Somewhere on a 2-lane highway in Mississippi I passed a cop sitting in that attack position. He whipped in behind me and I knew I was fucked. Not only was I drunk, but I was also broke. Desperation set in. I saw a little brick house off the road on the right with a long gravel drive. I hit the blinker and pulled up that driveway under a carpoart attached to the house. I got out quickly and walked to the side door and knocked. The cop had pulled over in front of the house. A woman in a housecoat and her 60s answered the door. I said, “Ma'am, I'm sorry to bother you, but I've had a couple of beers (notice how it's always “a couple”?) and this policeman is going to take me to jail unless you'll kindly allow me to come in and have a cup of coffee.” She smiled and said, “You get in here right now. That bastard used to put my son in jail. I hate him.” I stayed until he left and made it to Birmingham by 6:00.

It was these sorts of stories that we all shared at the reunion. The details were not always the same in everyone's mind, but the consensus was solid: We were some wild-ass kids. It really is amazing that so many of us had lived to the ages we were. We're all at the age now where about the only time you get dressed up is to go to a funeral. We've all had kids that have disappointed us in one way or another. We've all realized that the young hate us because we've survived the years they cannot bring themselves to imagine without a subsequent panic attack.

I got to see most of my best pals as well as a lot of folks who remembered me a whole lot better than I did them. I got to ask forgiveness from a man whom we treated awfully in High School; he was borderline retarded and we showed him no mercy. When I grabbed his hand and told him how sorry I'd been over the years thinking about what we'd put him through, he turned into an idiot savant when he said, “Oh, we were just kids. We didn't know better. But I want to thank you for saying that. It means more to me than you can probably imagine.” I could hardly help but cry.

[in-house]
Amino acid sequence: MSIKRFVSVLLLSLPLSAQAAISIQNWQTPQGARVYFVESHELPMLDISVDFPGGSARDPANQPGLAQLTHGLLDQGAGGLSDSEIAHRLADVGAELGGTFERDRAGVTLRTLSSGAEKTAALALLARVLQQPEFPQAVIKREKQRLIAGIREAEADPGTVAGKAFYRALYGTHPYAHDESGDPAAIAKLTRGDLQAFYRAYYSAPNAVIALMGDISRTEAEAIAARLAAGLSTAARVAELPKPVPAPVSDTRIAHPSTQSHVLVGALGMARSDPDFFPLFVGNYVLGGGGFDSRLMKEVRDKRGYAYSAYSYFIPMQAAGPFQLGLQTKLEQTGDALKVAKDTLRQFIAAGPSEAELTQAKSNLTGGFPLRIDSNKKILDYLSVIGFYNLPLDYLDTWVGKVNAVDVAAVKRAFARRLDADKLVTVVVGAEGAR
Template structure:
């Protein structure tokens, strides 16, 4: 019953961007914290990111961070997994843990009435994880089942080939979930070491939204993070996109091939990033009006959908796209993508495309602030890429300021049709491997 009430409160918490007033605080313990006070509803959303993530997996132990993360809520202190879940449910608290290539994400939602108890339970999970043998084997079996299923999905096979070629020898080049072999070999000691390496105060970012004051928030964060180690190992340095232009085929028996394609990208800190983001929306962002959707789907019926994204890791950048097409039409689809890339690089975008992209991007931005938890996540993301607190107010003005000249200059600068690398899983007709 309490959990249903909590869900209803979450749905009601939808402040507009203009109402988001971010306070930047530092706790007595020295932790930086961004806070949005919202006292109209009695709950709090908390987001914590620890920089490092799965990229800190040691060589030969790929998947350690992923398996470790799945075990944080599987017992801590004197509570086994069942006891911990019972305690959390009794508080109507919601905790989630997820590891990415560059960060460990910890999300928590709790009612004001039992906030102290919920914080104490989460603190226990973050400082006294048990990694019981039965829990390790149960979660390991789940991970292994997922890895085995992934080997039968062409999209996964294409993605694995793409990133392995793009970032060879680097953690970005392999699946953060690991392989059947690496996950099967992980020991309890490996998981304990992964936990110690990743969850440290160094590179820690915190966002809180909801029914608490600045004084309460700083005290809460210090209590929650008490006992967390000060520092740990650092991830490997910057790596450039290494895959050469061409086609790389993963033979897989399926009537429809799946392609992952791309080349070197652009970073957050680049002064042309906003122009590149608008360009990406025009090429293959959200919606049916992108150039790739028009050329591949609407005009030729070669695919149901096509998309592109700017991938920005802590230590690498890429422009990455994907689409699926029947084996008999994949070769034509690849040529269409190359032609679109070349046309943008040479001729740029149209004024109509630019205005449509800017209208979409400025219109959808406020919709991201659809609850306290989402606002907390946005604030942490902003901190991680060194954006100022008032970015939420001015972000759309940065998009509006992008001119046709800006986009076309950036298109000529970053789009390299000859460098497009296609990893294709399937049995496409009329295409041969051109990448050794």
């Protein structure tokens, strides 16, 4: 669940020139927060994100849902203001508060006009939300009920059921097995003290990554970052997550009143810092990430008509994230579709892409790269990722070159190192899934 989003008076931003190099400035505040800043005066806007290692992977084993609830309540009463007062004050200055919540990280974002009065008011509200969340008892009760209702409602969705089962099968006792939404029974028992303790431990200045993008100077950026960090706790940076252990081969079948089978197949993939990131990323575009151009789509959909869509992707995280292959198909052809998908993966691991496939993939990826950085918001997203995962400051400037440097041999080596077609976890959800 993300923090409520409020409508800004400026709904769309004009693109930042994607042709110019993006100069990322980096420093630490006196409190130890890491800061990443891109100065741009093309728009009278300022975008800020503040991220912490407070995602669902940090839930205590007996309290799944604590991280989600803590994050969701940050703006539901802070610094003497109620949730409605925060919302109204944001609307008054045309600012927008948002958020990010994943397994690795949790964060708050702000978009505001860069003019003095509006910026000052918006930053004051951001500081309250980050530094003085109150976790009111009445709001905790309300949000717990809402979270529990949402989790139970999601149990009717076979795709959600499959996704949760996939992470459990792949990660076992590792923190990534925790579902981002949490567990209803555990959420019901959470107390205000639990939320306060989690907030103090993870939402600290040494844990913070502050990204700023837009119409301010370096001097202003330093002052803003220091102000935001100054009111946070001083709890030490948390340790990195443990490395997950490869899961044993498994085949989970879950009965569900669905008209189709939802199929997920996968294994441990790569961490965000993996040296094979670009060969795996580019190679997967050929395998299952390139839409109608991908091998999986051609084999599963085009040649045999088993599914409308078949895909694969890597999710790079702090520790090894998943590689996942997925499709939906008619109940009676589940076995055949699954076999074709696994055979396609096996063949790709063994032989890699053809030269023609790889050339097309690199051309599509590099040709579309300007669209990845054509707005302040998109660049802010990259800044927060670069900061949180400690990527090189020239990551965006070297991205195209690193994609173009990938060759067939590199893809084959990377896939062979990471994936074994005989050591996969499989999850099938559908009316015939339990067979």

I saw another fellow whose name tag said “Bill” but whom I knew as “Billy Paul.” He was a Gentle Ben type and I told him that his quiet confidence at such a young age was always an inspiration to me. As you can imagine, I was the loudmothed smartass, but I wanted oh so badly to learn the secret of quiet confidence that this kid became like some sort of secret sensei to me. His reply was, “Gosh, Danny. I started not to come to this thing tonight, but you saying that makes me glad I changed my mind."

Do you know how much it costs you to say these kinds of things to people? Yeah, you know.

I'd like to think that at age 17 I could have bear-hugged some of these guys and said, “I love you,” and they would have said, “I love you, too, Danny.” But that would not have been possible then. Thankfully, it was not only possible now, but it was joyous and fulfilling in a way I can't hardly describe. Our youths are

mysteriously attractive due to circumstances knowing
They will only be parlayed into a memory.


Most vagabonds i knowed don't ever want to find the culprit
That remains the object of their long relentless quest
The obsession's in the chasing and not the apprehending
The pursuit you see and never the arrest.

Lyrics from Tom Waits' "Foreign Affair" and Marc Jordan's "Mystery Man"